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Sheoji Kedar and anr. Vs. Bamanachari - Court Judgment

LegalCrystal Citation
CourtAllahabad
Decided On
Judge
Reported in119Ind.Cas.2
AppellantSheoji Kedar and anr.
RespondentBamanachari
Excerpt:
civil procedure code (act v of 1908), order xli, rule 23 - suit disposed of by trial court completely and on merits--remand for trial of issues not raised by pleadings, legality of. - - we consider that these issues, if they were intended to be raised in this case, ought to have been distinctly raised in the pleadings, and that the issues ought to have been pressed for in the trial court......a remand, and in doing so has asked the trial court to try the following issues:1. whether the property in suit was included in the mortgage in dispute?2. what was the personal law to which the family of the defendants was subject and whether it renounced that law? if yes, what law governs the family now?3. what was the share to which the mortgagor would have been entitled on partition at the time he executed the mortgage, and whether the plaintiff was entitled to a decree for the mortgage-money as against the share of the mortgagor.3. none of these issues arise from the pleadings.the trial court not having decided the suit on a preliminary point, the lower appellate court was not authorised under order xli, rule 23 of the code of civil procedure to direct a remand. order xli, rule.....
Judgment:

1. This is an appeal by the defendant from an order directing the remand of the suit under Order XLI, Rule 23 of the Code of Civil Procedure.

2. The suit was founded on a mortgage, dated the 27th February, 1920, executed by Sheoji Viahwanath in favour of the plaintiff. Sheoji Vishwanath is dead. The suit was directed against Kedar, brother of the mortgagor, and Bachcha, son of Kedar. The plaintiff alleged that Kedar and Bachcha formed members of a joint family with the mortgagor, and that the money was borrowed for legal necessity and the consideration was utilised by the joint family. The suit was resisted on the ground that the mortgage was without consideration, that there was no legal necessity and that the mortgagor was not competent to alienate the property in the shape of a mortgage, because the property was endowed property and did not belong to the mortgagor. The Court of first instance dismissed the suit, holding that, although consideration had passed, there was no legal necessity for the mortgage and that the property was waqf. The lower Appellate Court found that the mortgage was for consideration, that there was no legal necessity and that the property was not waqf. On these findings the lower Appellate Court was not justified in disturbing the decree passed by the trial Court. The lower Appellate Court, however, has upset the decision of the trial Court and directed a remand, and in doing so has asked the trial Court to try the following issues:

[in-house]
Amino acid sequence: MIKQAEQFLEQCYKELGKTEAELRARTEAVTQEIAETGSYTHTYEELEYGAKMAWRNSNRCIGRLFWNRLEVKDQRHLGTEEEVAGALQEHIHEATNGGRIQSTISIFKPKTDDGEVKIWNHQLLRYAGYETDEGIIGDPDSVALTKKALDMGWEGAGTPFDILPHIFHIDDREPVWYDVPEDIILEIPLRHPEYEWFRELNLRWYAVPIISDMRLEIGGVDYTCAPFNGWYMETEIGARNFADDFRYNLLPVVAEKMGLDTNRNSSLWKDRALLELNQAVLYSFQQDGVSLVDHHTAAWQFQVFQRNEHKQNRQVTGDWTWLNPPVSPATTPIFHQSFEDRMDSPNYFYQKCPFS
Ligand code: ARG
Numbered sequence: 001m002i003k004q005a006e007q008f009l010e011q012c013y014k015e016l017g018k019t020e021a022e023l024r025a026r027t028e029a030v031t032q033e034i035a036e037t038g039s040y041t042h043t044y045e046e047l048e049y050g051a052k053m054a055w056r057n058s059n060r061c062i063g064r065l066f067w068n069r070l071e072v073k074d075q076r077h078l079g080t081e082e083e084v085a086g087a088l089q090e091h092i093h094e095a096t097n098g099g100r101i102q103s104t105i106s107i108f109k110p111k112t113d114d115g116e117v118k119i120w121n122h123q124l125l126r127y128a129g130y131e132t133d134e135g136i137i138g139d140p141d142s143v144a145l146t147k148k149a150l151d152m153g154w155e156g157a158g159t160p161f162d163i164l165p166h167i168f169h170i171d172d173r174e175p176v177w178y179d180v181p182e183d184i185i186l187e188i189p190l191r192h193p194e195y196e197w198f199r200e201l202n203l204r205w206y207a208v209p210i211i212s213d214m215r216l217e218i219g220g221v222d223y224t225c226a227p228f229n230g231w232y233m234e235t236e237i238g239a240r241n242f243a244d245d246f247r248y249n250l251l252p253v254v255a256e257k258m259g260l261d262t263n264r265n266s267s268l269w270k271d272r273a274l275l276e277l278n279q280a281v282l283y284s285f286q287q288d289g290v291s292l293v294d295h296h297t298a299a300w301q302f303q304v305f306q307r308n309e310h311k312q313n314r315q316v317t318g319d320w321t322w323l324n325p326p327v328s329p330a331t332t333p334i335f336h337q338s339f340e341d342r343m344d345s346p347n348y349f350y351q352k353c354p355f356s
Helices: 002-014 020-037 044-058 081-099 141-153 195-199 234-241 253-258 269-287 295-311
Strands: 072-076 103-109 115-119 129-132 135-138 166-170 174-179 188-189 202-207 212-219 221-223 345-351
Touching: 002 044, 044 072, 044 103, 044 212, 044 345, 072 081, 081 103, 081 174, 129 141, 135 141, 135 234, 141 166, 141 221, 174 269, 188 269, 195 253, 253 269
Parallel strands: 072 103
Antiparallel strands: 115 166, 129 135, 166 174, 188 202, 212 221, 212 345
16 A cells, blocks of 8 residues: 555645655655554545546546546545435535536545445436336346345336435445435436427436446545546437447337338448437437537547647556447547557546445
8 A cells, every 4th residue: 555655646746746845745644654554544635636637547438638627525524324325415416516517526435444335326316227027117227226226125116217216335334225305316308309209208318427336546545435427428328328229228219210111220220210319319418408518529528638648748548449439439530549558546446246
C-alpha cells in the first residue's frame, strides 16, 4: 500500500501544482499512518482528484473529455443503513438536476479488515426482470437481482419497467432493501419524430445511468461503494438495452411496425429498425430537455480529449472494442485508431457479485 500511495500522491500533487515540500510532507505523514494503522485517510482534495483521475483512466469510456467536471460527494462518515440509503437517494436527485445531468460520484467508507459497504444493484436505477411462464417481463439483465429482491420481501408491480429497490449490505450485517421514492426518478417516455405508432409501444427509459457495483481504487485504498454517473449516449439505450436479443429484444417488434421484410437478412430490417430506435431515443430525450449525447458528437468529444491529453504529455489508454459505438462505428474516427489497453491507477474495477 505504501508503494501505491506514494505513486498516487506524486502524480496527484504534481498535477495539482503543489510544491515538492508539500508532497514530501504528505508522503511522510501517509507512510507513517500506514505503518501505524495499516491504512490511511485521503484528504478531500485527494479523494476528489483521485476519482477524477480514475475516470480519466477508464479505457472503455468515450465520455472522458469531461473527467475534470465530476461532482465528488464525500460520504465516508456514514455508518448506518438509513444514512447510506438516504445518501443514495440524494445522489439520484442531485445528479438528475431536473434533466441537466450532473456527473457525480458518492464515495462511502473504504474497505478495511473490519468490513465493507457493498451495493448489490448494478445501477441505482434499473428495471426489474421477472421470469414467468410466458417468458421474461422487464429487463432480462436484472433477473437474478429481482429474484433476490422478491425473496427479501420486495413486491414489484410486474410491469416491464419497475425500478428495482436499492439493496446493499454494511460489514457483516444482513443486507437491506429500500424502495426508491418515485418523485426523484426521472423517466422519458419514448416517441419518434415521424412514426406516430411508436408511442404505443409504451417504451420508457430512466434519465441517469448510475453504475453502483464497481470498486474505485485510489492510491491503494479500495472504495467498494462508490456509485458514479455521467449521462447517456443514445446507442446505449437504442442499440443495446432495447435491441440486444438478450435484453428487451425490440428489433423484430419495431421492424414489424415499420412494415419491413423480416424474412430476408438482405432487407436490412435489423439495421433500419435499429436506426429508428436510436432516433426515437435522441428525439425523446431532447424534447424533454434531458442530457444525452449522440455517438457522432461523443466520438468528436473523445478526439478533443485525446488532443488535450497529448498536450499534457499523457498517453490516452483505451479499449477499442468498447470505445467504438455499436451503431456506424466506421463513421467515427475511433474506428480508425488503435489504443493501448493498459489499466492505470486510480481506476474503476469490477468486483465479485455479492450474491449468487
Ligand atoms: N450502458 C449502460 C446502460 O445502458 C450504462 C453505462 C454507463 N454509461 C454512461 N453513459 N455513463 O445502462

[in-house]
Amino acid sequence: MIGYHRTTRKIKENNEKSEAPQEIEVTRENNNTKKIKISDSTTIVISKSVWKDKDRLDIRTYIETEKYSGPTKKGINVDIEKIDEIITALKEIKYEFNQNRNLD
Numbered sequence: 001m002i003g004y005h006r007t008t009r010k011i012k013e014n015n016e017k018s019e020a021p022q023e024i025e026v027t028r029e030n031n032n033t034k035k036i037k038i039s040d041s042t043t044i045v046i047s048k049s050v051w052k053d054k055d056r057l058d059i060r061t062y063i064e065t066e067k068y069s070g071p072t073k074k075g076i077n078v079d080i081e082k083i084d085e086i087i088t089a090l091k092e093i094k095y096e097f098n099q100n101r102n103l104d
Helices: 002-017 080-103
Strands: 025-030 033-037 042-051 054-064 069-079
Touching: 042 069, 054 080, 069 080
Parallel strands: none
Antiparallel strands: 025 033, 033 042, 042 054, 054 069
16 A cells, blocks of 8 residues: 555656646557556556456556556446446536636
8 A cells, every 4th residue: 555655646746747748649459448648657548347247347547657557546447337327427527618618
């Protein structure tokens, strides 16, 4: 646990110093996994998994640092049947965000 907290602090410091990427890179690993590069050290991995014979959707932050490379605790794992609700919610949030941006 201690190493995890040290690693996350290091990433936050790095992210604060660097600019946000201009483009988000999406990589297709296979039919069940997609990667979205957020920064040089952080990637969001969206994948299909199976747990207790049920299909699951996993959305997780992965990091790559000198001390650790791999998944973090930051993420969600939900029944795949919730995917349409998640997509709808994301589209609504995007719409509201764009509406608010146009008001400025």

1. Whether the property in suit was included in the mortgage in dispute?

2. What was the personal law to which the family of the defendants was subject and whether it renounced that law? If yes, what law governs the family now?

3. What was the share to which the mortgagor would have been entitled on partition at the time he executed the mortgage, and whether the plaintiff was entitled to a decree for the mortgage-money as against the share of the mortgagor.

3. None of these issues arise from the pleadings.

The trial Court not having decided the suit on a preliminary point, the lower Appellate Court was not authorised under Order XLI, Rule 23 of the Code of Civil Procedure to direct a remand. Order XLI, Rule 23 of the Code of Civil Procedure provides that 'where the Court from whose decree an appeal is preferred has disposed of the suit upon a preliminary point and the decree is reversed in appeal, the Appellate Court may, if it thinks fit, by order remand the case, and may further direct what issue or issues shall be tried in the case so remanded.' The trial Court having disposed of the suit completely on the merits and on the pleadings, no issues emerged for trial which had not been disposed of by the trial Court, and it was beyond the competence of the lower Appellate Court to direct a remand upon grounds which do not arise from the pleadings. It has been argued for the respondents that the learned Judge of the trial Court ought to have framed these issues, because it appears from the pleadings that the defendants and the mortgagor are Darawar Brahmins. We are not of that opinion. We consider that these issues, if they were intended to be raised in this case, ought to have been distinctly raised in the pleadings, and that the issues ought to have been pressed for in the trial Court. What we do find is that not only they do not arise from the pleadings, but that no issues were called for in the trial Court, nor was any ground raised in the memorandum of appeal that there were some points which were material for the disposal of the suit, which not having been disposed of by the trial Court, ought to have been formulated and the case remanded. We think that the course adopted by the learned Judge of the lower Appellate Court is not sanctioned by law and the order of remand is illegal. Under the circumstances, we reverse the order of the lower Appellate Court and restore the decision of the trial Court with costs throughout. Costs in this Court will include fees on the higher scale.


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